In addition to its usual complexity assumptions, cryptography silently assumes that information can be physically protected in a single location. As one can easily imagine, real-life devices are not ideal and information may leak through different physical side-channels. It is a known fact that information leakage is a function of both the executed code F and its input x.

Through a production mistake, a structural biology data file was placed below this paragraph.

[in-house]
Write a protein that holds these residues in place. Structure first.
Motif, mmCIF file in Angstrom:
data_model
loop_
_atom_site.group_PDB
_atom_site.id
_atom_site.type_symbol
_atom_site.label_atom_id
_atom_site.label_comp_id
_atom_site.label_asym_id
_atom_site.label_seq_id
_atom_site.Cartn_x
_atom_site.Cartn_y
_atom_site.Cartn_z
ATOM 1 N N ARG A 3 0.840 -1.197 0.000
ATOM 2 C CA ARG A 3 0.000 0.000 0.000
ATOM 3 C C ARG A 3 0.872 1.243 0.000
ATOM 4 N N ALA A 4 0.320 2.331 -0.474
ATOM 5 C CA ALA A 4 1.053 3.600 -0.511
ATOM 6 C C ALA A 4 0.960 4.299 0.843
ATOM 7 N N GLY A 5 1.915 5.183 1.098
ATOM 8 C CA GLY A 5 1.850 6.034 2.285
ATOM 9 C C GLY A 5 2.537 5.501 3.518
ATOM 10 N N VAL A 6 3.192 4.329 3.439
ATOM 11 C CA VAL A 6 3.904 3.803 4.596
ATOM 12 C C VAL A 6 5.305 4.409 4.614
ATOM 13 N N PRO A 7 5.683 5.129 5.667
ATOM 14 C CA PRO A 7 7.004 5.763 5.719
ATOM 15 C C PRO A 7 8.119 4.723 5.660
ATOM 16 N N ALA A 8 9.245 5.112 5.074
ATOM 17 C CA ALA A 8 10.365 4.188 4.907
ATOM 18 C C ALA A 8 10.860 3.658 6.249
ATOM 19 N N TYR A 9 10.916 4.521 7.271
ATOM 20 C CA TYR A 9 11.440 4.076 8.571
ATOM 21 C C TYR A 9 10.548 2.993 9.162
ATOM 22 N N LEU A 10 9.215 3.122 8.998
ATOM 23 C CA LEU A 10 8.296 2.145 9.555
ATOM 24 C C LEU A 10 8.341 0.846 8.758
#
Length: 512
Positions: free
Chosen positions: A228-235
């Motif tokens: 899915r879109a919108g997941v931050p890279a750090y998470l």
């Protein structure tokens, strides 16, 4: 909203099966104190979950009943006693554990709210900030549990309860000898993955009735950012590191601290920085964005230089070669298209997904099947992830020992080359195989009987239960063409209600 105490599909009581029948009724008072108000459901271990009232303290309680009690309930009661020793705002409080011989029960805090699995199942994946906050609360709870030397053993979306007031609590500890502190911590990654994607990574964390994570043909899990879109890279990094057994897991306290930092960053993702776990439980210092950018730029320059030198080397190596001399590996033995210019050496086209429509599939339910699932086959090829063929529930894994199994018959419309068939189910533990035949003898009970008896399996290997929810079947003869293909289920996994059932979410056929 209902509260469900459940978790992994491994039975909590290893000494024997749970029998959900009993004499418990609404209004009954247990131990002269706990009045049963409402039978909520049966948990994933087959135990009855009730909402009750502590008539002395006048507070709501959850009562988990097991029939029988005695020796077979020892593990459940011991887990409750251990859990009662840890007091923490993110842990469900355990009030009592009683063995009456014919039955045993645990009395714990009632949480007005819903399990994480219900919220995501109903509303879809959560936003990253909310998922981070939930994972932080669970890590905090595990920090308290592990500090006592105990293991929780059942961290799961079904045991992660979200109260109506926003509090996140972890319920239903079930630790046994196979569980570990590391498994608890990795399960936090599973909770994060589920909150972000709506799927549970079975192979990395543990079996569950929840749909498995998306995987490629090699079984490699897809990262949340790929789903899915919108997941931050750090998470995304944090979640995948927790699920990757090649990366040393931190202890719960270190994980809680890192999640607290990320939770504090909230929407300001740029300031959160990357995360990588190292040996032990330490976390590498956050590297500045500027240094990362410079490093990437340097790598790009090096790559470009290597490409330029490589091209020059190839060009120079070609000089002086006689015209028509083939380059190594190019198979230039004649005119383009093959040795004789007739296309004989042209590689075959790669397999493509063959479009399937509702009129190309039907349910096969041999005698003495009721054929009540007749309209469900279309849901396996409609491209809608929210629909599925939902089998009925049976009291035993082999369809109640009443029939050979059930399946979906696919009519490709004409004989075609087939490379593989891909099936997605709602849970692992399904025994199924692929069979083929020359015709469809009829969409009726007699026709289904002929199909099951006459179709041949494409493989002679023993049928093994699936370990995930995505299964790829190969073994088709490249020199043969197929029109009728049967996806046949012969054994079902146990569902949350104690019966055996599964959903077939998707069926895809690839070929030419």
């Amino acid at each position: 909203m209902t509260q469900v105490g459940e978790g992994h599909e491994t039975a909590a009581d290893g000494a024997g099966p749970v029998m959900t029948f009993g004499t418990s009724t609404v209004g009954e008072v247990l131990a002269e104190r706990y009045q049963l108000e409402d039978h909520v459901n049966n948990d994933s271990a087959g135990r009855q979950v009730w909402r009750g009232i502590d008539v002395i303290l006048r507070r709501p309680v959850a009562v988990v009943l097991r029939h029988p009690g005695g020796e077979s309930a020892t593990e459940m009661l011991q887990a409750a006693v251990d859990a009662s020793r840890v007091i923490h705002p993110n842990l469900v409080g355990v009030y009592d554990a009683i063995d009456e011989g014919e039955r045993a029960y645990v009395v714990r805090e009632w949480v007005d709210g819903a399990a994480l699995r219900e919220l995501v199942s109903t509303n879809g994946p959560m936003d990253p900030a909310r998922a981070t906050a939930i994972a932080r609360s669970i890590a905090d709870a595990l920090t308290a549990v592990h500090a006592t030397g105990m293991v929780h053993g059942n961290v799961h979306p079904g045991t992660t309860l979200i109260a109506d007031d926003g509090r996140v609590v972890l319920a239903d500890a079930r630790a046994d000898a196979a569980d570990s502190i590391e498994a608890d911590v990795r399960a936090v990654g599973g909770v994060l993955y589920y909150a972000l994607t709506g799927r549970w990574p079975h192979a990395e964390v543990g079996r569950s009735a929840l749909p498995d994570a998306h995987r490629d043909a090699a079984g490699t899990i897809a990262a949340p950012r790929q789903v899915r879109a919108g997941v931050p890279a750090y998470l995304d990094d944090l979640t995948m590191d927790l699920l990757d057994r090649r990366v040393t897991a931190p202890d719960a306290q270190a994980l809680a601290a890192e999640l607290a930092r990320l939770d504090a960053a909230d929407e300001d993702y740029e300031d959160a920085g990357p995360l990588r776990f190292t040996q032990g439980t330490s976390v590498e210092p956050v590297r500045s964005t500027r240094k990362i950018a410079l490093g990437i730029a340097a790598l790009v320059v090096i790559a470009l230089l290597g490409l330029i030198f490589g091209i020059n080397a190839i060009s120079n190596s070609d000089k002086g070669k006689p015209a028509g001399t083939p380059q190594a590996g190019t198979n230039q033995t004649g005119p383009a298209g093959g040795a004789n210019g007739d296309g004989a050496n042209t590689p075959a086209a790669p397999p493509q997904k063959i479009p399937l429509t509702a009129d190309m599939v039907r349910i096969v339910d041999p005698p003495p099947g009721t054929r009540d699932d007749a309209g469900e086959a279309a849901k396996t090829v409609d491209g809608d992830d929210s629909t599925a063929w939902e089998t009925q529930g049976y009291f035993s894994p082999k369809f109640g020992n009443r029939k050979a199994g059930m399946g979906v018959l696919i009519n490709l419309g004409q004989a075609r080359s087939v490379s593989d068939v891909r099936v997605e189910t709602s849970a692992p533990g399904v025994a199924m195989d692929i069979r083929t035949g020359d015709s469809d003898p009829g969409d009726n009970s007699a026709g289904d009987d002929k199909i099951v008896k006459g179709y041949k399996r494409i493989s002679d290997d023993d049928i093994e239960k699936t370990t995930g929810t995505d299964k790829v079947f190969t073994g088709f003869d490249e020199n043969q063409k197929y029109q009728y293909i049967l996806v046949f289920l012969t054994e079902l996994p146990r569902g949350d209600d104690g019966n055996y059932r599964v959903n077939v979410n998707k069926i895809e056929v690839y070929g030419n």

In this work we explore the use of polymorphic code as a way of resisting side-channel attacks. We present experimental results with procedural and functional languages. In each case, we rewrite the protected code F_i before its execution. The outcome is a genealogy of programs, F_0, F_1, ... such that for all inputs x and for all indexes i not equal to j => F_i(x) = F_j(x) and F_i not equal to F_j. This is shown to increase resistance to side-channel attacks.